Day 231 - Make your own preservative to keep cut flowers fresh longer. Dissolve 3 tablespoons sugar and 2 tablespoons white vinegar per quart (liter) of warm water. When you fill the vase, make sure the cut stems are covered by 3-4 inches (7-10 centimeters) of the prepared water. The sugar nourishes the plants, while the vinegar inhibits bacterial growth. You’ll be surprised how long the arrangement stays fresh!
Day 232 - Everyone likes to keep cut flowers around as long as possible, and there are several good methods. One way is to mix 2 tablespoons apple cider vinegar and 2 tablespoons sugar with the vase water before adding the flowers. Be sure to change the water (with more vinegar and sugar, of course) every few days to enhance your flowers’ longevity.
Day 233 - Many cut flowers live longer when sugar is added to their water. Flowers get food from the plant on which they grow. When they are harvested or cut from this plant, they lose their natural food source. Flowers are cut before they are fully mature so that they have a longer bloom life. The cut flowers use food stored in the stems and leaves to stay fresh and continue blooming. If they do not get enough food, the leaves and flowers wilt. Young buds may not fully open. Food can be added by mixing sugar in the vase water. The dissolved sugar is absorbed through the cut stem and used by the flower.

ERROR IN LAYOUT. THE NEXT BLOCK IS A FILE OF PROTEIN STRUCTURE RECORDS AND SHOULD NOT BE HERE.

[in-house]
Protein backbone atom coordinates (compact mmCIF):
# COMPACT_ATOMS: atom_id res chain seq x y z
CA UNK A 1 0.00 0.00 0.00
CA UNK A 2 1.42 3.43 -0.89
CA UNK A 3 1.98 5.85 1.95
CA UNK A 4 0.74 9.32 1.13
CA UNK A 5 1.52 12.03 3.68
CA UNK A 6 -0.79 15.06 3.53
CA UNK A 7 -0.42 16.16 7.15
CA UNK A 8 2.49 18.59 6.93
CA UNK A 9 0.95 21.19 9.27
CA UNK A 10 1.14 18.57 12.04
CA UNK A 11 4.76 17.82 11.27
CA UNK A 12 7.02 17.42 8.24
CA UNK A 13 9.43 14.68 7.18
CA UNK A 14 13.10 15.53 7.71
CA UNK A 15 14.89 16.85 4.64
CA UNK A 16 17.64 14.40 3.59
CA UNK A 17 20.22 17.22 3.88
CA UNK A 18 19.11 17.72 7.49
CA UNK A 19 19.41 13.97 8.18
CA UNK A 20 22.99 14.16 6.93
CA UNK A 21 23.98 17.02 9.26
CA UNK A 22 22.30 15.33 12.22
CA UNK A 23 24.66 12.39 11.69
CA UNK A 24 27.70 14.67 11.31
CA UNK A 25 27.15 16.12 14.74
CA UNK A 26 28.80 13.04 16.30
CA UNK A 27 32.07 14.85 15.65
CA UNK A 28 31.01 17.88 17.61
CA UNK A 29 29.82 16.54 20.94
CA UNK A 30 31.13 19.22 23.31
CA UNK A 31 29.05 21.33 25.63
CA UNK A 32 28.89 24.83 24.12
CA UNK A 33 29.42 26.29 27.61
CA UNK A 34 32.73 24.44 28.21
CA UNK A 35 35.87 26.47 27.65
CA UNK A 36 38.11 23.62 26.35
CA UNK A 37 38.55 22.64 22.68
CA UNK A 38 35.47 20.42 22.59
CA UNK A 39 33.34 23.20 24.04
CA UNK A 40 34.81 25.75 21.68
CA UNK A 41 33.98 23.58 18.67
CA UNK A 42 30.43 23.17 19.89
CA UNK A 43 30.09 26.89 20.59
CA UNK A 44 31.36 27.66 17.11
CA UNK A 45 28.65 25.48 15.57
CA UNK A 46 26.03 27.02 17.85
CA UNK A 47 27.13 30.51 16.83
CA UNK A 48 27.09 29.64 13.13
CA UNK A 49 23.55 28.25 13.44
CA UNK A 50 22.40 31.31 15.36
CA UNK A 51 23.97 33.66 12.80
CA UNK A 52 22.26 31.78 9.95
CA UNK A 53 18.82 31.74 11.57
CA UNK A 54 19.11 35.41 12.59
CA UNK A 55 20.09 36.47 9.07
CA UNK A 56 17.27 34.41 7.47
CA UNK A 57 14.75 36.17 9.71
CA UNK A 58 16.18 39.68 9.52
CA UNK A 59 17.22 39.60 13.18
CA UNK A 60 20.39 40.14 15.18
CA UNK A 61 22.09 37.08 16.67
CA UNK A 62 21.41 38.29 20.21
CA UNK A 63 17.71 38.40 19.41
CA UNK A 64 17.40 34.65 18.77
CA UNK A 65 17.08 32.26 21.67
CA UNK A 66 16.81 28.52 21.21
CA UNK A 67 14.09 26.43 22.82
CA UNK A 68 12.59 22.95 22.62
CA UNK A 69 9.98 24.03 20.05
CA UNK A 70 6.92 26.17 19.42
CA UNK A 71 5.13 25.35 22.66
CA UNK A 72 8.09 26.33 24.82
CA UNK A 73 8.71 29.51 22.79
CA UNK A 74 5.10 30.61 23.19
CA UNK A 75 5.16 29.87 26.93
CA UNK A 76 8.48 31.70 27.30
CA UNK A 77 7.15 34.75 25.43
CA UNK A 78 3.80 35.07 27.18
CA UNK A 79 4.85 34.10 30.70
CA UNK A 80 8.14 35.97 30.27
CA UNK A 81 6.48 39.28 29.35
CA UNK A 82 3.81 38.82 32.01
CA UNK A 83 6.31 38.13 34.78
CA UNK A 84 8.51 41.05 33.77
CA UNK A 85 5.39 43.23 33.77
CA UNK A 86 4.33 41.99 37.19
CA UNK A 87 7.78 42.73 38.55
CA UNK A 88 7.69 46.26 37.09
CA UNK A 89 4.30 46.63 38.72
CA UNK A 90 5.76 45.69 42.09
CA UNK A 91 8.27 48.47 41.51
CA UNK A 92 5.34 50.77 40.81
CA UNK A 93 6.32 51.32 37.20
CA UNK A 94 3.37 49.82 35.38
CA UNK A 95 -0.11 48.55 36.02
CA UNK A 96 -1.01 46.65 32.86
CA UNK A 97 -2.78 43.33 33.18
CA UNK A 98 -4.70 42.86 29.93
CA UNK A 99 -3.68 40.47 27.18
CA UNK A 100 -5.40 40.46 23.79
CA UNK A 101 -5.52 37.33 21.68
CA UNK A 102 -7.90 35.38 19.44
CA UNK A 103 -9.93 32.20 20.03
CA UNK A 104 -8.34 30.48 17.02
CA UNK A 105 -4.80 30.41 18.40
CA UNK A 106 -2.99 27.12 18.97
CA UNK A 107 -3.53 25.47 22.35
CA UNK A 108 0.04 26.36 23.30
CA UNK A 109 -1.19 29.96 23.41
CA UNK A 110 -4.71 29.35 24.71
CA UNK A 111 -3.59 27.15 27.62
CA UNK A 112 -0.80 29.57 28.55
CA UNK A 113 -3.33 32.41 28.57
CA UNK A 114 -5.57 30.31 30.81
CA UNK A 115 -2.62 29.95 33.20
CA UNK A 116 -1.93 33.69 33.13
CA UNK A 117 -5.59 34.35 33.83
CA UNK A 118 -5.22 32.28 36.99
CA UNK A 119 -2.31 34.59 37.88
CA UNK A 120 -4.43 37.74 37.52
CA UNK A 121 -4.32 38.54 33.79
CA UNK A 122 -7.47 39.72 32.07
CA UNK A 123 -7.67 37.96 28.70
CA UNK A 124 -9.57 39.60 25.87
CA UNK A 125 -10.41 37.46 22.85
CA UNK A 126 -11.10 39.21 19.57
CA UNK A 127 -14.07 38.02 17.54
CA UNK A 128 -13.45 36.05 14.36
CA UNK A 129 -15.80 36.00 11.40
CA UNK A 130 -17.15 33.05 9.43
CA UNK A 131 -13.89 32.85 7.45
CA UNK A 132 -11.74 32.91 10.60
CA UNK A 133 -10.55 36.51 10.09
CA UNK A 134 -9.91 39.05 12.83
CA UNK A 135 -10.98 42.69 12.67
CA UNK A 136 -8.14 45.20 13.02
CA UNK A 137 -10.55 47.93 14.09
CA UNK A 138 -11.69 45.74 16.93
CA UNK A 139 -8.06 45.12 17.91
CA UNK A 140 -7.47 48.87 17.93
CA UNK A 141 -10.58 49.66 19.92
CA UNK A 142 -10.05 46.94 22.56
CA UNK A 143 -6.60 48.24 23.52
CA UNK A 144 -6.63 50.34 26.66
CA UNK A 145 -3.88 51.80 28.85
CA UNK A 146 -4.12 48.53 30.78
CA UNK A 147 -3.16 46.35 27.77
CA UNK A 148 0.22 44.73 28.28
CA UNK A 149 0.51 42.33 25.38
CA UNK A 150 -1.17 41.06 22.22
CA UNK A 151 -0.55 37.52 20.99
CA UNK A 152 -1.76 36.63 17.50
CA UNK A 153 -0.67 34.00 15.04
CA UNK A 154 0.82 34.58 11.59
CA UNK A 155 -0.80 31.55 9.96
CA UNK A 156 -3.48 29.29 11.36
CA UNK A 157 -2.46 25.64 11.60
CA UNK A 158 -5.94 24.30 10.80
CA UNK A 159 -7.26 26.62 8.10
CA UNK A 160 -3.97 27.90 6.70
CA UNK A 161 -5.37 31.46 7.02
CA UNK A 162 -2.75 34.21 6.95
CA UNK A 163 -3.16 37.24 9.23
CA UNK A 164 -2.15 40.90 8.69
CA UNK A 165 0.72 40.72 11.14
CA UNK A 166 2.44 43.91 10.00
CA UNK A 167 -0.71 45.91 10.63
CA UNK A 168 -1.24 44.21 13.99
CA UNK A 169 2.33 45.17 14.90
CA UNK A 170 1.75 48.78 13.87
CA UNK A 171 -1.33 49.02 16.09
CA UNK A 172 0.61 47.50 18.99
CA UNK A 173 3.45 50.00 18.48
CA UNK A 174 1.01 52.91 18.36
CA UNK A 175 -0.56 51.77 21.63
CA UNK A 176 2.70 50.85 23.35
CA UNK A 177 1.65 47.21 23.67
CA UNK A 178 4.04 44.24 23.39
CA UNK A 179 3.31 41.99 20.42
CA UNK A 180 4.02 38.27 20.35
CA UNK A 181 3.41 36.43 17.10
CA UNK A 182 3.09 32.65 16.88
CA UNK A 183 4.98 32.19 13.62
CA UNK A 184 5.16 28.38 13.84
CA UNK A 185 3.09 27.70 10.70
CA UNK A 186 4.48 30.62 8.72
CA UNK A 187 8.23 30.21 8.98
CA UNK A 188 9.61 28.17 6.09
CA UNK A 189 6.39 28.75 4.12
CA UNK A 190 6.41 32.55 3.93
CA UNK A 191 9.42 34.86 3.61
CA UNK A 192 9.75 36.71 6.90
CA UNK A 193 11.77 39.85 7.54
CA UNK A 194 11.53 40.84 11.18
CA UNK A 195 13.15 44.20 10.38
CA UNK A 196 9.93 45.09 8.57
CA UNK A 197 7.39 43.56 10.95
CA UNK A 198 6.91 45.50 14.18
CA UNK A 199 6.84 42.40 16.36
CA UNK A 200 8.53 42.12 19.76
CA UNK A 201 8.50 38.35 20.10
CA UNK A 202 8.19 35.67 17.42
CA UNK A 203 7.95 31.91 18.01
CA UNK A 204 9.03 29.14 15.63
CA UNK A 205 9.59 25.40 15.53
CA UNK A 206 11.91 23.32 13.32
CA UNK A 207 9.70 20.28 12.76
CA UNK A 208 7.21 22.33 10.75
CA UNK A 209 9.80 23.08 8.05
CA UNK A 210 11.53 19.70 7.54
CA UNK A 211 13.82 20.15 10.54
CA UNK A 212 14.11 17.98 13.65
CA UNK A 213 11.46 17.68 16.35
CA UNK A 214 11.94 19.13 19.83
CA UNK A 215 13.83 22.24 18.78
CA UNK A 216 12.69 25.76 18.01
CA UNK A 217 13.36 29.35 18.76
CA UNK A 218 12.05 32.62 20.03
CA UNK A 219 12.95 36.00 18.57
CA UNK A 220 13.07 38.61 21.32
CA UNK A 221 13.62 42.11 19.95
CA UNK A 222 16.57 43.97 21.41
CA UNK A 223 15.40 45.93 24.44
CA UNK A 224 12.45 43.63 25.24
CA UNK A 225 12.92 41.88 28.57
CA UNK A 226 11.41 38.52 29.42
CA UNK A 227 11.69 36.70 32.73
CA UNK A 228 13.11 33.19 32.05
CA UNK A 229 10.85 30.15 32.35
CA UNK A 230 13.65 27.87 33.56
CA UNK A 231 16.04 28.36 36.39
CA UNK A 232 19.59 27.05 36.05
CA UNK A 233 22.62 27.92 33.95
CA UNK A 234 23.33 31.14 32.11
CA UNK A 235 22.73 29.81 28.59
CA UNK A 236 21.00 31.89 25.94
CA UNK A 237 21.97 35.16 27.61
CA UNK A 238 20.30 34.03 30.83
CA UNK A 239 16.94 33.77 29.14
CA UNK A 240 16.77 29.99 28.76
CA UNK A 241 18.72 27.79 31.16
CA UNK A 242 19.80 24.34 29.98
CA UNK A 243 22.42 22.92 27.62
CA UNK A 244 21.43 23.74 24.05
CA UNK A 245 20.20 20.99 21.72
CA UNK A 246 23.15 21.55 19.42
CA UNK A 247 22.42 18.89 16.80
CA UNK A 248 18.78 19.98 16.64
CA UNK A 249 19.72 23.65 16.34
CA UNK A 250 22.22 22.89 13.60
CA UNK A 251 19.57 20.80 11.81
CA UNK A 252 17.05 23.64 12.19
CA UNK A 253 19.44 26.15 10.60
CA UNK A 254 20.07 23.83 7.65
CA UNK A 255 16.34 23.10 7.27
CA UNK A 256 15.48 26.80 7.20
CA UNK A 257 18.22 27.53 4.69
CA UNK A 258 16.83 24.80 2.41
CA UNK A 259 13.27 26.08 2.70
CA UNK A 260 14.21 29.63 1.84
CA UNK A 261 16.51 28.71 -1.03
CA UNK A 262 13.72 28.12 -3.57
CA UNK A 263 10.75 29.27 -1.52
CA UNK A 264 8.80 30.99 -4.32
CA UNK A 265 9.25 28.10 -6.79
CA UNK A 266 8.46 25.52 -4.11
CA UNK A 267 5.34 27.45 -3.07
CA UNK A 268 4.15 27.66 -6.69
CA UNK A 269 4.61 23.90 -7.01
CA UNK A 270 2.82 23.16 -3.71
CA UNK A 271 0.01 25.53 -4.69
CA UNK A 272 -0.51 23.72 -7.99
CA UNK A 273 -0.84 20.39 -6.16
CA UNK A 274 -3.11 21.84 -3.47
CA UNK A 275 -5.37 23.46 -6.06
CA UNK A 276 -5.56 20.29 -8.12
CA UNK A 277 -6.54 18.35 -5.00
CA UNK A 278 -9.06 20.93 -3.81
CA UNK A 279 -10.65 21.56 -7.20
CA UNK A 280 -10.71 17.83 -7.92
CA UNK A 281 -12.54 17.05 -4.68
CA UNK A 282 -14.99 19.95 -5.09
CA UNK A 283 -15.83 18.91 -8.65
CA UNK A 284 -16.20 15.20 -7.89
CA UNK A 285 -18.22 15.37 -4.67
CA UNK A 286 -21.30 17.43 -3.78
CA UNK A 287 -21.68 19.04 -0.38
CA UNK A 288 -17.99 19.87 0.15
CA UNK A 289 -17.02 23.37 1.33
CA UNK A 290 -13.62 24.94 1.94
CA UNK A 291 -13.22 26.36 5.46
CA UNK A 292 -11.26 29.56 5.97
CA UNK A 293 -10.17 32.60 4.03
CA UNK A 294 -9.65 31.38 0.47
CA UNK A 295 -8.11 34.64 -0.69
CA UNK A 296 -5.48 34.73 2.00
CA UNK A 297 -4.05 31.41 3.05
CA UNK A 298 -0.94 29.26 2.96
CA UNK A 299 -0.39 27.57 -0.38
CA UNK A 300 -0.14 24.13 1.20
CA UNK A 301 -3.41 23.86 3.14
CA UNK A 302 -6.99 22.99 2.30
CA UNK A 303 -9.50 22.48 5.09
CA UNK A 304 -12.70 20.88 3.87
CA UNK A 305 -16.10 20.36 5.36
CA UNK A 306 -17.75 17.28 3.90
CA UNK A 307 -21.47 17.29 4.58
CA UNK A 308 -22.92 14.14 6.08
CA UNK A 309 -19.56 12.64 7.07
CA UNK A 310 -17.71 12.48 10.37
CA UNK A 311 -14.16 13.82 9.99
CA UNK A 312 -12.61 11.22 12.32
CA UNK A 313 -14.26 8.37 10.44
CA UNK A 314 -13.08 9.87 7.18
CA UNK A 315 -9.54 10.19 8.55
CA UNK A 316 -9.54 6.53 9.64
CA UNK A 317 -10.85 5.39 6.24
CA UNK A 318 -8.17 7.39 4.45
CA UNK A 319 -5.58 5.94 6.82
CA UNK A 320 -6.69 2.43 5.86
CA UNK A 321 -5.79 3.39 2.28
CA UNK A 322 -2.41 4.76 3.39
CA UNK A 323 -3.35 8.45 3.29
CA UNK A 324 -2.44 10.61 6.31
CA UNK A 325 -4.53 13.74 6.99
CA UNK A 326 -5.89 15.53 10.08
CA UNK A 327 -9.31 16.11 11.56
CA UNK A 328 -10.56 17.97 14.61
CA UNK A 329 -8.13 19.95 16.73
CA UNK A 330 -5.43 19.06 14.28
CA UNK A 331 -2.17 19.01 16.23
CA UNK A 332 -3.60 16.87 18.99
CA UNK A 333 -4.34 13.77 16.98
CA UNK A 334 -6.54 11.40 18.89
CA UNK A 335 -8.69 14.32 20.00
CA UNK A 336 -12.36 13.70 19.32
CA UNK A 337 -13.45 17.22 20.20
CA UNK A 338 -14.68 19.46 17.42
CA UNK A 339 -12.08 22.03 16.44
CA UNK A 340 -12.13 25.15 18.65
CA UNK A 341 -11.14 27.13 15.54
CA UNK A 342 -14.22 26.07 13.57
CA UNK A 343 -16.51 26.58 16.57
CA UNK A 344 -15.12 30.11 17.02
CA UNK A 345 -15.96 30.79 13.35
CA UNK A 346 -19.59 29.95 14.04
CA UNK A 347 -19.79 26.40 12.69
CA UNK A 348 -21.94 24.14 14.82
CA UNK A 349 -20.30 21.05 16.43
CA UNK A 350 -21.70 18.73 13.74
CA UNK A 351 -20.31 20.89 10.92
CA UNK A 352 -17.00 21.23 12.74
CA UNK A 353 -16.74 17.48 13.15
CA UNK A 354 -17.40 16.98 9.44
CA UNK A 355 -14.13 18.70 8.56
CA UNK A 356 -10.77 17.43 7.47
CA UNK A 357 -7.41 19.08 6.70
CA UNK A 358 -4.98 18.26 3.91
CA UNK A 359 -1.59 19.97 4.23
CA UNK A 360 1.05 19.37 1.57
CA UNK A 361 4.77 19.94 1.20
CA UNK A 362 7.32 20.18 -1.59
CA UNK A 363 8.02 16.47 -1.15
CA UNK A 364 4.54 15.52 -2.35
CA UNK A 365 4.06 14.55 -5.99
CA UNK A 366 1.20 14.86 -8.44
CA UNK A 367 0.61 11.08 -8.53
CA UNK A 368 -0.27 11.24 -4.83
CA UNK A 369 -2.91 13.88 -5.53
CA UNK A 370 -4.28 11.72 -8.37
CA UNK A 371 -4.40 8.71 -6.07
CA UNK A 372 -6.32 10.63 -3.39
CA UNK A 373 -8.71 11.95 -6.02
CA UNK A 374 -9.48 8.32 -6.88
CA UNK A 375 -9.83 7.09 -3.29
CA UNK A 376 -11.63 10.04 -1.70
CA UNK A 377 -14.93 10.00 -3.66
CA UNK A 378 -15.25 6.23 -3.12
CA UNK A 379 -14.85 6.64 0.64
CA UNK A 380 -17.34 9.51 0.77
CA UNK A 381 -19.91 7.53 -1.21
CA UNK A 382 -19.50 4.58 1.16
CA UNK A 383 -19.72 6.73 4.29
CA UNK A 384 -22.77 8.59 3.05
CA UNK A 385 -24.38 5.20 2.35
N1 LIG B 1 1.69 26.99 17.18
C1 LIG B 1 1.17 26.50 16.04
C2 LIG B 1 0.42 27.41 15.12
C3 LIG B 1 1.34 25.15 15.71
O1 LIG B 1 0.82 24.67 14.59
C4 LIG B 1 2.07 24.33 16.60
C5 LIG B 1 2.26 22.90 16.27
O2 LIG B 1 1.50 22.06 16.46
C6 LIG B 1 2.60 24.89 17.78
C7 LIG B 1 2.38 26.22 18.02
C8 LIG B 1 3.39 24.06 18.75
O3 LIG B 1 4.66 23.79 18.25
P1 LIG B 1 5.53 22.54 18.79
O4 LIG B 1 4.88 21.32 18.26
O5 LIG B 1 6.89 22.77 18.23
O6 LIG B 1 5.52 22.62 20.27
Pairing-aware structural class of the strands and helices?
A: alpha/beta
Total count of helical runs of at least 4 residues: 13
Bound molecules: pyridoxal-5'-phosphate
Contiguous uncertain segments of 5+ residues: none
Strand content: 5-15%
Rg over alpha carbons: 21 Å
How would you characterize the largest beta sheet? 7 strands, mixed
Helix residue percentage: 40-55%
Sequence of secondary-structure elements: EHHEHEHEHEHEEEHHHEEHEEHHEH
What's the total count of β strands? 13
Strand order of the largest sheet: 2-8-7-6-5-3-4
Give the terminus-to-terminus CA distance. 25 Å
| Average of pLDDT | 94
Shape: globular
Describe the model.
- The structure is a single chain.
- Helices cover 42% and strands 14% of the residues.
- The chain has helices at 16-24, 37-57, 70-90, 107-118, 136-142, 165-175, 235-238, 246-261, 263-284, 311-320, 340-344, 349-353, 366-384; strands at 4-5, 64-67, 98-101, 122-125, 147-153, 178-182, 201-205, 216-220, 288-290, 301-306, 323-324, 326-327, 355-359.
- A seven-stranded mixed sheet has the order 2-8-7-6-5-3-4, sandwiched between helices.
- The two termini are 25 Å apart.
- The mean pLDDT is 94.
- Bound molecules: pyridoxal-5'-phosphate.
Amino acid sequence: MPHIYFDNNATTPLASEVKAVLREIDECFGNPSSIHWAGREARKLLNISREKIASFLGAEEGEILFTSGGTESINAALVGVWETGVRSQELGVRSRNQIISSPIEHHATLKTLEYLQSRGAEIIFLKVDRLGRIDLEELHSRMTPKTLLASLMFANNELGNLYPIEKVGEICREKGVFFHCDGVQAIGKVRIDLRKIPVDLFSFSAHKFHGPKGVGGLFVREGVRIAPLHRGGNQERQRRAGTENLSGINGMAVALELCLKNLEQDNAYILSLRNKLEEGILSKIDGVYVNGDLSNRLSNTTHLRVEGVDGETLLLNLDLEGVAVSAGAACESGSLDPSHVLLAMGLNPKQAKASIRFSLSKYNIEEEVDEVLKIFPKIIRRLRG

Day 234 – Rudbeckia hirta, black-eyed Susan, is a species of flowering plant in the family Asteraceae, native to the central United States. It is one of a number of plants with the common name black-eyed Susan. Other common names for this plant include: brown-eyed Susan, brown Betty, gloriosa daisy, golden Jerusalem, Poorland daisy, yellow daisy, and yellow ox-eye daisy. These are locally grown #JerseyfreshDay 235 – Lavandula (common name Lavender) is a genus of 39 species of flowering plants in the mint family, Lamiaceae. It is native to the Old World and is found from Cape Verde and the Canary Islands, southern Europe across to northern and eastern Africa, the Mediterranean, southwest Asia to southeast India. Many members of the genus are cultivated extensively in temperate climates as ornamental plants for garden and landscape use, for use asculinary herbs, and also commercially for the extraction of essential oils. The most widely cultivated species, Lavandula angustifolia is often referred to as lavender, and the color is named for the shade of the flowers of this species. These lavender flowers are #Jerseyfresh